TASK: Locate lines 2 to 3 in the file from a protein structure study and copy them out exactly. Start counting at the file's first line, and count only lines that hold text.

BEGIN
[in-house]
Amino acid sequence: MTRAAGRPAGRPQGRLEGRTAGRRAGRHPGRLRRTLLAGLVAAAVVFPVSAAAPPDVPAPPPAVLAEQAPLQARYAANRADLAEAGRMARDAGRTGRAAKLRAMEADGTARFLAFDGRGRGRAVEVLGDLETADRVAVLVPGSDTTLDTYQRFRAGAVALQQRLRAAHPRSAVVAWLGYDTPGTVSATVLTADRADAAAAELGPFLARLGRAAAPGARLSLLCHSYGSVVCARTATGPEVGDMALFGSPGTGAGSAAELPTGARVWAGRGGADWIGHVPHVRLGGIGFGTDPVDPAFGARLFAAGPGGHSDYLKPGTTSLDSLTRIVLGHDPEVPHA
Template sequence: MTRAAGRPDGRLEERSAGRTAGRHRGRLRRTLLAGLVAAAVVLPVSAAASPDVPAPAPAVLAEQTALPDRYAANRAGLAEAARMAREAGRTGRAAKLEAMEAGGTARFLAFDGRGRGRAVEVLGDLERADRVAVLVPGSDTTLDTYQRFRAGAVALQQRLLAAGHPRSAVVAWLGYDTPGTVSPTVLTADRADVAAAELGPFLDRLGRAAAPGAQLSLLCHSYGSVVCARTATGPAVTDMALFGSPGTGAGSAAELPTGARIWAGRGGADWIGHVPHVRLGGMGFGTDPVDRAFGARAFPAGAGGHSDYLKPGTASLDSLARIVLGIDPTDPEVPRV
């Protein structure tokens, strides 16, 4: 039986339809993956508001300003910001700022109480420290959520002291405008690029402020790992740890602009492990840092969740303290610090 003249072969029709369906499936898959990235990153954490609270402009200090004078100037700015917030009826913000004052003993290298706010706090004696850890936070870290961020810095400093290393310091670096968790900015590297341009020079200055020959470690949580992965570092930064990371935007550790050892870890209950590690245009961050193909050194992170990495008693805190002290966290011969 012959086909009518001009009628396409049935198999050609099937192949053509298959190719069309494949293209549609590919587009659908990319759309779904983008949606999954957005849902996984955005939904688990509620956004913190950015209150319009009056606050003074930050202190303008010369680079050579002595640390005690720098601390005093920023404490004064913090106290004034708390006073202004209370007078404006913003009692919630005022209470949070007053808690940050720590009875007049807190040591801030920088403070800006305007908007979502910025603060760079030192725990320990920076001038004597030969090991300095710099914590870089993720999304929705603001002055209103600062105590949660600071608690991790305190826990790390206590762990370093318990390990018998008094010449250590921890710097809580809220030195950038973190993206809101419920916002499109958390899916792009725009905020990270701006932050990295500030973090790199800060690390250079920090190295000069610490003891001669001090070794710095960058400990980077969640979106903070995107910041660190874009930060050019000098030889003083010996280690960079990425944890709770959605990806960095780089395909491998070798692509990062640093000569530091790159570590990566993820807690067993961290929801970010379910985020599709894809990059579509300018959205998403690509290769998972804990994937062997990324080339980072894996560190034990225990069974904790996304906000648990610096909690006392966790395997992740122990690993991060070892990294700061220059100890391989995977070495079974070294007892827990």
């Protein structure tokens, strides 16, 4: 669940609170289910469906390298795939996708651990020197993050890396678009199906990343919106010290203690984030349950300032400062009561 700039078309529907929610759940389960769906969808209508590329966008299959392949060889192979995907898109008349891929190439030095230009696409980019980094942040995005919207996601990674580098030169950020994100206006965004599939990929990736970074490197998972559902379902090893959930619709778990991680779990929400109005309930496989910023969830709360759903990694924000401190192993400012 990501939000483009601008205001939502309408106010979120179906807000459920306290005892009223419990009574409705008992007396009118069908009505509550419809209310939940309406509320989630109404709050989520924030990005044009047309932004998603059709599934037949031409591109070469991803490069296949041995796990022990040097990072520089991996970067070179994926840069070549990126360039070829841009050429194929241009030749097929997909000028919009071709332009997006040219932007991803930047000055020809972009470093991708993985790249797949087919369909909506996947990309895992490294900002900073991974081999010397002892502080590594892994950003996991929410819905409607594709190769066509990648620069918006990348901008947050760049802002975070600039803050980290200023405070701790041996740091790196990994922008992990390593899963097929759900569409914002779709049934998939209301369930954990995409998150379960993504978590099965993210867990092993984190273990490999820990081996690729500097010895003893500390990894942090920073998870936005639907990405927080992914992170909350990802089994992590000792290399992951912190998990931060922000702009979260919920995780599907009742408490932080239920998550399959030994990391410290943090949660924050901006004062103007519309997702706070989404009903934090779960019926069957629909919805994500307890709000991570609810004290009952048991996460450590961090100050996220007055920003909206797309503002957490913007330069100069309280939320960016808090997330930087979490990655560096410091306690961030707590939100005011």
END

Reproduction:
Amino acid sequence: MTRAAGRPAGRPQGRLEGRTAGRRAGRHPGRLRRTLLAGLVAAAVVFPVSAAAPPDVPAPPPAVLAEQAPLQARYAANRADLAEAGRMARDAGRTGRAAKLRAMEADGTARFLAFDGRGRGRAVEVLGDLETADRVAVLVPGSDTTLDTYQRFRAGAVALQQRLRAAHPRSAVVAWLGYDTPGTVSATVLTADRADAAAAELGPFLARLGRAAAPGARLSLLCHSYGSVVCARTATGPEVGDMALFGSPGTGAGSAAELPTGARVWAGRGGADWIGHVPHVRLGGIGFGTDPVDPAFGARLFAAGPGGHSDYLKPGTTSLDSLTRIVLGHDPEVPHA
Template sequence: MTRAAGRPDGRLEERSAGRTAGRHRGRLRRTLLAGLVAAAVVLPVSAAASPDVPAPAPAVLAEQTALPDRYAANRAGLAEAARMAREAGRTGRAAKLEAMEAGGTARFLAFDGRGRGRAVEVLGDLERADRVAVLVPGSDTTLDTYQRFRAGAVALQQRLLAAGHPRSAVVAWLGYDTPGTVSPTVLTADRADVAAAELGPFLDRLGRAAAPGAQLSLLCHSYGSVVCARTATGPAVTDMALFGSPGTGAGSAAELPTGARIWAGRGGADWIGHVPHVRLGGMGFGTDPVDRAFGARAFPAGAGGHSDYLKPGTASLDSLARIVLGIDPTDPEVPRV